A predictive maintenance strategy had the potential to allow mining companies to operate more efficiently, even during times of uncertainty
The concept of predictive maintenance (PdM) has been around for a long time, but like the Internet of Things (IoT), it has only recently come to fruition in high-end industries thanks to digital transformation. PdM is defined as a group of emerging scientific technologies that are designed to help determine the condition of in-service equipment in order to predict when maintenance should be performed. This approach promises cost savings over routine or time-based preventive maintenance, because tasks are performed only when warranted.
In a shifting market due to fluctuating commodity prices, mining companies are continually looking for new ways to operate more effectively and efficiently. Preventive maintenance schedules alone are not effective enough in helping organisations to avoid asset failures and the associated cost. Companies recognise that to maintain profitability, they need to avoid downtime, unexpected or otherwise, while managing risk and maintaining healthy assets.
Mining companies are most often operating reactively or at most at a basic preventive level. Investment for modernising equipment is limited, so best-of-breed organisations are looking to get more from their existing infrastructure. This is where predictive analytics and an overall PdM approach come into play. At the most basic level, predictive maintenance techniques using smart sensors can predict equipment failure before it actually happens. But in order for a PdM approach to be effective, your systems must be able to process the right data and leverage the right analytics to predict degradation in performance asset health and prioritise maintenance activity accordingly.
Organisations that implement emerging sensor technology, in conjunction with a strong enterprise asset management solution and advanced analytics, will be able to operate more efficiently and cost-effectively. They will also be able to provide safer environments for their employees and better reliability of supply for their customers.
A new approach to handling maintenance
Most mining companies currently operate using a calendar-based preventive maintenance model. By prescribing maintenance work on fixed time schedules – or based on basic operational statistics or best practices – organisations look to limit asset failures.
An even more basic approach to maintenance is ‘reactive maintenance’. This strategy involves letting an asset run until it fails. This approach only works for non-critical assets that have low replacement costs and do not disrupt overall safety and reliability of operations.
In order to combat current challenges such as aging assets, unpredictable environmental elements and rising fuel costs, the approach to maintaining assets must be more strategic and optimised. A more strategic approach begins with condition-based maintenance. This strategy focuses on maintenance that is initiated on the basis of an asset’s condition – or in other words: ‘if it isn’t broke, don’t fix it.’ The benefit of condition-based maintenance (CBM) is that it eliminates any unexpected downtime by reducing or entirely preventing equipment failures that lead to health, safety and environmental risks. By eliminating unnecessary maintenance activity (unlike preventive maintenance), CBM balances the cost of maintenance with the cost of equipment performance.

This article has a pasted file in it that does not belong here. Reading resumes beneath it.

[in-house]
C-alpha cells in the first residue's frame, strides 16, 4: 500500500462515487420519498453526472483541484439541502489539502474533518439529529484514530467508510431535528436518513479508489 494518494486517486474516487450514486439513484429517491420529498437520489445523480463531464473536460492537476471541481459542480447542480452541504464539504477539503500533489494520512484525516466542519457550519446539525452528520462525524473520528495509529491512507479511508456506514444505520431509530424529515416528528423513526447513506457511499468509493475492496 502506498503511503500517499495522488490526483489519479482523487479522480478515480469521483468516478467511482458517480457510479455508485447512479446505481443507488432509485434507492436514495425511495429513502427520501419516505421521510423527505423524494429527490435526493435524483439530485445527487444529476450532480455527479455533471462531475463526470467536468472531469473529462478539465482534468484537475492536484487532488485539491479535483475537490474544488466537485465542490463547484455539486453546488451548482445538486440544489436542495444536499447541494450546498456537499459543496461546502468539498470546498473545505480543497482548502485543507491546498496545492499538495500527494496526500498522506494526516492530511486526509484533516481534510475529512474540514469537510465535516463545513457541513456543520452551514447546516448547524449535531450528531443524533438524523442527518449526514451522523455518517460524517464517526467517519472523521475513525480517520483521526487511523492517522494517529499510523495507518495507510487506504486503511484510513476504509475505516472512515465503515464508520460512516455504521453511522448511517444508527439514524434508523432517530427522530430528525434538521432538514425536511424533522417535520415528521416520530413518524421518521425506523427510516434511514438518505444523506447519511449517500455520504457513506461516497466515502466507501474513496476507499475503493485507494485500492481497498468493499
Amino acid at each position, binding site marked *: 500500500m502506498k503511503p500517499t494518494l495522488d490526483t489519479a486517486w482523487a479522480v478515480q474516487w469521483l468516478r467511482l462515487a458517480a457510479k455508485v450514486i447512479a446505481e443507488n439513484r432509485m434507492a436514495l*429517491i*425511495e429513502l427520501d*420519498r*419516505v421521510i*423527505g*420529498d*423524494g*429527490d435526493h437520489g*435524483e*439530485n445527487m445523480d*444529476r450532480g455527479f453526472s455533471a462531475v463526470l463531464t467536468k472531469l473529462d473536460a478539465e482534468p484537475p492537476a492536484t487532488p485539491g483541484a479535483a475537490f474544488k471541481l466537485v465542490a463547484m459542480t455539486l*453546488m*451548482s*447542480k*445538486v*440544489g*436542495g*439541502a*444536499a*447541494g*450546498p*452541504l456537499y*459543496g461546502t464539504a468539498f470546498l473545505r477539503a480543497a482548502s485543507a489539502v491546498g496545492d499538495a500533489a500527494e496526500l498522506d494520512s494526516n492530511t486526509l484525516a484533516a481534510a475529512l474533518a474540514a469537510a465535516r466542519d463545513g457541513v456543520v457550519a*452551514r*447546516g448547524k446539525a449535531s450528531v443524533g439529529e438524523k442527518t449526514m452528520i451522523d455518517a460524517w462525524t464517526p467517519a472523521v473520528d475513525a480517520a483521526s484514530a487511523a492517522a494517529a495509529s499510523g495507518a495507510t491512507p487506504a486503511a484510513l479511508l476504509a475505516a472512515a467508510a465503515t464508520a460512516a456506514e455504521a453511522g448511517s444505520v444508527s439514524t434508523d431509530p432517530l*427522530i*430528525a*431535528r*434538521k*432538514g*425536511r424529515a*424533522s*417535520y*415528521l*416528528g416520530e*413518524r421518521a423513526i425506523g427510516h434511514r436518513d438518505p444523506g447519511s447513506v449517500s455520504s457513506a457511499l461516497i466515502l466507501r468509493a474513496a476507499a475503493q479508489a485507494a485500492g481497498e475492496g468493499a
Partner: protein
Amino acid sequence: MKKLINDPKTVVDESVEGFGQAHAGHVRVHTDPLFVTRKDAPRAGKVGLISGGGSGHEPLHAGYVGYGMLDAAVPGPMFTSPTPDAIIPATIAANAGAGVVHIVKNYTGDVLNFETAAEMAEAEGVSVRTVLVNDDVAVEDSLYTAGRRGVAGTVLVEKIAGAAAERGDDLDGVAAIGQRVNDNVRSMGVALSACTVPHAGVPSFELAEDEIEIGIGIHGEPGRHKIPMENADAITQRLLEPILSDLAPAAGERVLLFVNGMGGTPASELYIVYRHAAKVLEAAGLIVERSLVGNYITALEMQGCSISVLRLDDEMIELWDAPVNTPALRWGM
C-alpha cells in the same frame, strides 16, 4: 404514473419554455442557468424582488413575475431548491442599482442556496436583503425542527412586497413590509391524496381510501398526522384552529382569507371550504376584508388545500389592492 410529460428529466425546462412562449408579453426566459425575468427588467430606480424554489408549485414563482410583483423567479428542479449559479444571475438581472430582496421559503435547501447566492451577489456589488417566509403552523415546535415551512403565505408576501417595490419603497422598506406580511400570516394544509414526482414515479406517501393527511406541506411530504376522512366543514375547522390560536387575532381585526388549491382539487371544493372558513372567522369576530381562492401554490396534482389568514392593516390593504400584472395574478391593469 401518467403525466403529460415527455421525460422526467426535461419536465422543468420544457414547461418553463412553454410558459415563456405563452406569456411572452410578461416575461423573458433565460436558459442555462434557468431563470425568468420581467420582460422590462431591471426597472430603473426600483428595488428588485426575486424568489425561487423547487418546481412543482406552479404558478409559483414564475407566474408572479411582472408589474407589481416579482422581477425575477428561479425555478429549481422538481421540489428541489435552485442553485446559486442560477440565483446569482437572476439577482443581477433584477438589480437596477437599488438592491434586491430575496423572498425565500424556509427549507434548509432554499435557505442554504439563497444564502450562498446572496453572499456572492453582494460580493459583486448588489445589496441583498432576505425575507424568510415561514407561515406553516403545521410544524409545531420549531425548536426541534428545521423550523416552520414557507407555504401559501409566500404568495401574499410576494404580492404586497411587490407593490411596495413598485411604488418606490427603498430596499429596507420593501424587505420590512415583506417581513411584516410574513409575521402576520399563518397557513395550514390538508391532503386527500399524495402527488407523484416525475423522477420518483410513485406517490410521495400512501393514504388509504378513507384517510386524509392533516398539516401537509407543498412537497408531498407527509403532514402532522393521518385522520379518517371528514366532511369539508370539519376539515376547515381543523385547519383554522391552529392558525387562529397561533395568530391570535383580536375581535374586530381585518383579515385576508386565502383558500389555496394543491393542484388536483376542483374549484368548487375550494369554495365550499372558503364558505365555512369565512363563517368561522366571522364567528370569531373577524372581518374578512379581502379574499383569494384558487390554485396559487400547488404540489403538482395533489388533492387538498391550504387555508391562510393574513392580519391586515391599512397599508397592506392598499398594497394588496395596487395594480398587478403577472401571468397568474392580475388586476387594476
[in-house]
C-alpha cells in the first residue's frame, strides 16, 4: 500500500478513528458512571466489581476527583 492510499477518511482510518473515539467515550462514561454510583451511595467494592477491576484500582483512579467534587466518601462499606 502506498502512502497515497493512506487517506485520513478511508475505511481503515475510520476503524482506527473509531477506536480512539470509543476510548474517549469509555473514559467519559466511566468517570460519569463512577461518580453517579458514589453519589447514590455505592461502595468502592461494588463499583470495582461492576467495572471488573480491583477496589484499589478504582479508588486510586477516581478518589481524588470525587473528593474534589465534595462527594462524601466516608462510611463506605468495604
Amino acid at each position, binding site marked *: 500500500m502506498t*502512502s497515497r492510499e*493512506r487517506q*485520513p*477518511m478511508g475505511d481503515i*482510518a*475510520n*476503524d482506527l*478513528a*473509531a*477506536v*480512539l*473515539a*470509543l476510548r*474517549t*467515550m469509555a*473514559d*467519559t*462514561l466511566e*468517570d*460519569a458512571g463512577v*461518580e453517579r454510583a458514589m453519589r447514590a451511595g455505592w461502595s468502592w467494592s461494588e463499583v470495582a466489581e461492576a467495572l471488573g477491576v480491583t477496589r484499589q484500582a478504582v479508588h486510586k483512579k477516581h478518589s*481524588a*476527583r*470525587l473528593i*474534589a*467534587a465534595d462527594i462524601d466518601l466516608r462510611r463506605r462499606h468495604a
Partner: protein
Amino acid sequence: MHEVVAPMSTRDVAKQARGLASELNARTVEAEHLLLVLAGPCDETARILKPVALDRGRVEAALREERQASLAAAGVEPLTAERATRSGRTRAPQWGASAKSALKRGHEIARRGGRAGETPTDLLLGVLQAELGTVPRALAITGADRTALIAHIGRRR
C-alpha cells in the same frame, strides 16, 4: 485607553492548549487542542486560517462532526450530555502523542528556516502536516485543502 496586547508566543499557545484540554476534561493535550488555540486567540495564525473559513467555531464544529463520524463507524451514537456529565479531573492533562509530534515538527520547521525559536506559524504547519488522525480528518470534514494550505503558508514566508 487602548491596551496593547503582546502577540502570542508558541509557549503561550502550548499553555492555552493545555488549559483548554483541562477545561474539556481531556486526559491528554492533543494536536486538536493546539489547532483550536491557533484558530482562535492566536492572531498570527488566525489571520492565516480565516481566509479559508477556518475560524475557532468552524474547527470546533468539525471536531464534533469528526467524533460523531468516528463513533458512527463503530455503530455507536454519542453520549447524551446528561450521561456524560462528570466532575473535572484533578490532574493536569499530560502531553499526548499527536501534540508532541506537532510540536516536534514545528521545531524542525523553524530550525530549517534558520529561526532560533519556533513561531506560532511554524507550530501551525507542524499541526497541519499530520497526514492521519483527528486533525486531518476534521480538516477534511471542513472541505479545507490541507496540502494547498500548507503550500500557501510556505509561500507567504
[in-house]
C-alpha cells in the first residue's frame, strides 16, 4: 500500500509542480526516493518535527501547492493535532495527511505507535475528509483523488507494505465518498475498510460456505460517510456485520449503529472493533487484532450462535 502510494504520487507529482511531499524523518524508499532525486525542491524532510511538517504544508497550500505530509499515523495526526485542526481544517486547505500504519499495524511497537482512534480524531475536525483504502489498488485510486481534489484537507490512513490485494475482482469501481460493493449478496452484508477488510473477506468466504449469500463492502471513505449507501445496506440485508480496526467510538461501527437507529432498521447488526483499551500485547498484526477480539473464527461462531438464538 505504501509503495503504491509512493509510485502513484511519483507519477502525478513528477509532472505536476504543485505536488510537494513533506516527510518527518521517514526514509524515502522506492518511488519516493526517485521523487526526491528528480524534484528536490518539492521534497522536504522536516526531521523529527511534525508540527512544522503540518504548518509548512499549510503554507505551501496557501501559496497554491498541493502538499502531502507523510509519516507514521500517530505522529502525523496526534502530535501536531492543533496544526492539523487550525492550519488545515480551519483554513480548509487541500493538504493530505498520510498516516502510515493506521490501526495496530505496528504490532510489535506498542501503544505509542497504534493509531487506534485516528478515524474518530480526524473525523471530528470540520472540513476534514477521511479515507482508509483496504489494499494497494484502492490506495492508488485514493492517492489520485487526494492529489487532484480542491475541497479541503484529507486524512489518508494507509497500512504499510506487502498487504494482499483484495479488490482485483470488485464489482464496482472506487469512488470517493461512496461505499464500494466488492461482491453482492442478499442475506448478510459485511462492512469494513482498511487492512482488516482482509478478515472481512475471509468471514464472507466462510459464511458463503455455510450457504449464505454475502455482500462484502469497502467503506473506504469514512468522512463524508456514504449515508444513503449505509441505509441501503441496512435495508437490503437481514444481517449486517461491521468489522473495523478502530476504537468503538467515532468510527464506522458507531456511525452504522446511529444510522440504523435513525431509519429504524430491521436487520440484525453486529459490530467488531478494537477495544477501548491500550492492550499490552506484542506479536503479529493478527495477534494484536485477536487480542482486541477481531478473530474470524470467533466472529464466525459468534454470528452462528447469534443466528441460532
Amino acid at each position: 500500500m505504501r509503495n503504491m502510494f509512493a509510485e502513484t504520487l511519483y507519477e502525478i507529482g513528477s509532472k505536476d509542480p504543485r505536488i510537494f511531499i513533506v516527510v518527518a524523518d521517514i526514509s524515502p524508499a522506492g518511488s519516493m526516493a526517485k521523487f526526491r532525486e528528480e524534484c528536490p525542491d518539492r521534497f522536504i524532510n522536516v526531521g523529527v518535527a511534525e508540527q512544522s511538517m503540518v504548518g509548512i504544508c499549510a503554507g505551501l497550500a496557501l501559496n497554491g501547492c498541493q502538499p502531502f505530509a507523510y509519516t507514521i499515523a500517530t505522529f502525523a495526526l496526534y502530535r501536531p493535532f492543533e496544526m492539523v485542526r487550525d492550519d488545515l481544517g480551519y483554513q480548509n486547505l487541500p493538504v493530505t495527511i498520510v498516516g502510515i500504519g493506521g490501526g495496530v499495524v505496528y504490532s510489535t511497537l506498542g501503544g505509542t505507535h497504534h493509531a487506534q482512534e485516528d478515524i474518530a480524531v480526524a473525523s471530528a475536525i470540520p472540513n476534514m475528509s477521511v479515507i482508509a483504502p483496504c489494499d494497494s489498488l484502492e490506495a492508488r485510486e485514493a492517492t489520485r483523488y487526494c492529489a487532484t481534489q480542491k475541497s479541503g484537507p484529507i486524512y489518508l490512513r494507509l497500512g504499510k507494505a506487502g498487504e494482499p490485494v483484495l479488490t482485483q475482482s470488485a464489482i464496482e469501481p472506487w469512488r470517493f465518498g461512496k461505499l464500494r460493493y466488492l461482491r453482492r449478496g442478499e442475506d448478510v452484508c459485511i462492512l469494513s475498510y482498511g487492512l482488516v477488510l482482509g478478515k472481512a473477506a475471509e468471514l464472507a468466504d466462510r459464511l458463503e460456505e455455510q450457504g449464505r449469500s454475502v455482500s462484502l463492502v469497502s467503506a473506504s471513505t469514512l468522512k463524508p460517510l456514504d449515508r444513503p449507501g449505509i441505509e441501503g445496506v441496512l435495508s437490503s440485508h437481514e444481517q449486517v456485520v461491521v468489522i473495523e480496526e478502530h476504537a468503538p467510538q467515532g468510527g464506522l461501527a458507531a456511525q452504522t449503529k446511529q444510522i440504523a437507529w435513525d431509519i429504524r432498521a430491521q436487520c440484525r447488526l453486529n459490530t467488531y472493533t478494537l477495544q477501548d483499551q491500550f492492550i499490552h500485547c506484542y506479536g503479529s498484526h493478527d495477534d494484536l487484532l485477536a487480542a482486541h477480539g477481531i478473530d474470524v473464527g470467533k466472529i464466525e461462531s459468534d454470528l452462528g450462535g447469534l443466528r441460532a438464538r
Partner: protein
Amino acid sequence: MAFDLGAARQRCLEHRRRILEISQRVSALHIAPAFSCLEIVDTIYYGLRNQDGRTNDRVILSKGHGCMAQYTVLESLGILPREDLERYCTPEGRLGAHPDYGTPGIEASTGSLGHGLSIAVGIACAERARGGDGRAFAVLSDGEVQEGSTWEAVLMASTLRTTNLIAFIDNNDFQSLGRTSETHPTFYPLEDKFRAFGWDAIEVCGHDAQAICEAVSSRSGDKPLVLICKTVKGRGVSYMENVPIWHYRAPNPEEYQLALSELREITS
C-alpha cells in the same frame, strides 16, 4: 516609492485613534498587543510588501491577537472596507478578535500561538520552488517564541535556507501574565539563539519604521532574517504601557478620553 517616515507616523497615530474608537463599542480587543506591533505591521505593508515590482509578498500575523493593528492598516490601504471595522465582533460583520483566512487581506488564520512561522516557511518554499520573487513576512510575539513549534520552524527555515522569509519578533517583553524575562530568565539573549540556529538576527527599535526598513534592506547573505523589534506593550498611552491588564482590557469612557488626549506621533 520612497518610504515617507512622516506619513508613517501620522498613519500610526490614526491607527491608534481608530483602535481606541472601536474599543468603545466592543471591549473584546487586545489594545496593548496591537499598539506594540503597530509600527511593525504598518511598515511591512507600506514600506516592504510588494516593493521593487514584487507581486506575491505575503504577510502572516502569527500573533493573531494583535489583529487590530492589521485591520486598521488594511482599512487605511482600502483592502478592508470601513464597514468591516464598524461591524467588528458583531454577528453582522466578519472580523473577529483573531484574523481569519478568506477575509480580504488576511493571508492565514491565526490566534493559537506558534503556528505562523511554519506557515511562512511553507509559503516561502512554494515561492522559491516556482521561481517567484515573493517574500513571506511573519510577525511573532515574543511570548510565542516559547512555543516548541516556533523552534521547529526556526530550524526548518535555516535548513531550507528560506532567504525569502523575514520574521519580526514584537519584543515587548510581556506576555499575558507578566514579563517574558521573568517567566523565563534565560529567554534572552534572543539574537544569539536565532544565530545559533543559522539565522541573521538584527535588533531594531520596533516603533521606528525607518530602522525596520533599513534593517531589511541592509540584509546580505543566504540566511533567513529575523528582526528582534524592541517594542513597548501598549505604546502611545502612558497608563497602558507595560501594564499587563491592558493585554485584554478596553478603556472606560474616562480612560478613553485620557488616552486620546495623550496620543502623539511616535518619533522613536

Implementing a successful CBM strategy isn’t without its challenges, though. An organisation needs to conduct a thorough cost–benefit analysis and carry out an equipment audit first, in order to ensure it is the right strategy for the organisation culturally and the right fit to help meet KPIs. The real-time monitoring aspect of this approach adds randomness and unpredictability to your maintenance organisation, which can become disruptive. Sometimes it is hard to turn data from sensors and asset monitoring into actionable outcomes.
By far the most proactive and optimised way to manage maintenance of equipment and other assets is through predictive maintenance. A predictive maintenance approach requires not only the ability to continuously monitor asset performance through sensors such as vibration monitoring, but also a predictive engine that can process input and provide intelligent responses automatically. For the strategy to be effective, the collected data and resulting responses must all be captured and processed in a streamlined enterprise asset management system to ensure compliance, effective business intelligence and customer satisfaction.
According to an ARC Advisory Group research report in 2015, 82 per cent of assets have a random failure pattern, which renders preventive maintenance strategies essentially ineffective in managing equipment downtime and maximising equipment lifetime. In a predictive maintenance scenario, a sensor is put in place to monitor the performance of a key piece of equipment. After comparing historical data with real-time operating data, an alert triggers a utility organisation’s enterprise asset management software to automatically schedule a technician with the right skill set and the right parts to fix the failing asset. With an integrated enterprise asset management system working uniformly with a predictive analytics solution, downtime is eliminated, efficiency is maximised and a chain of events is triggered that unify and optimise the entire process from inventory management to human resources.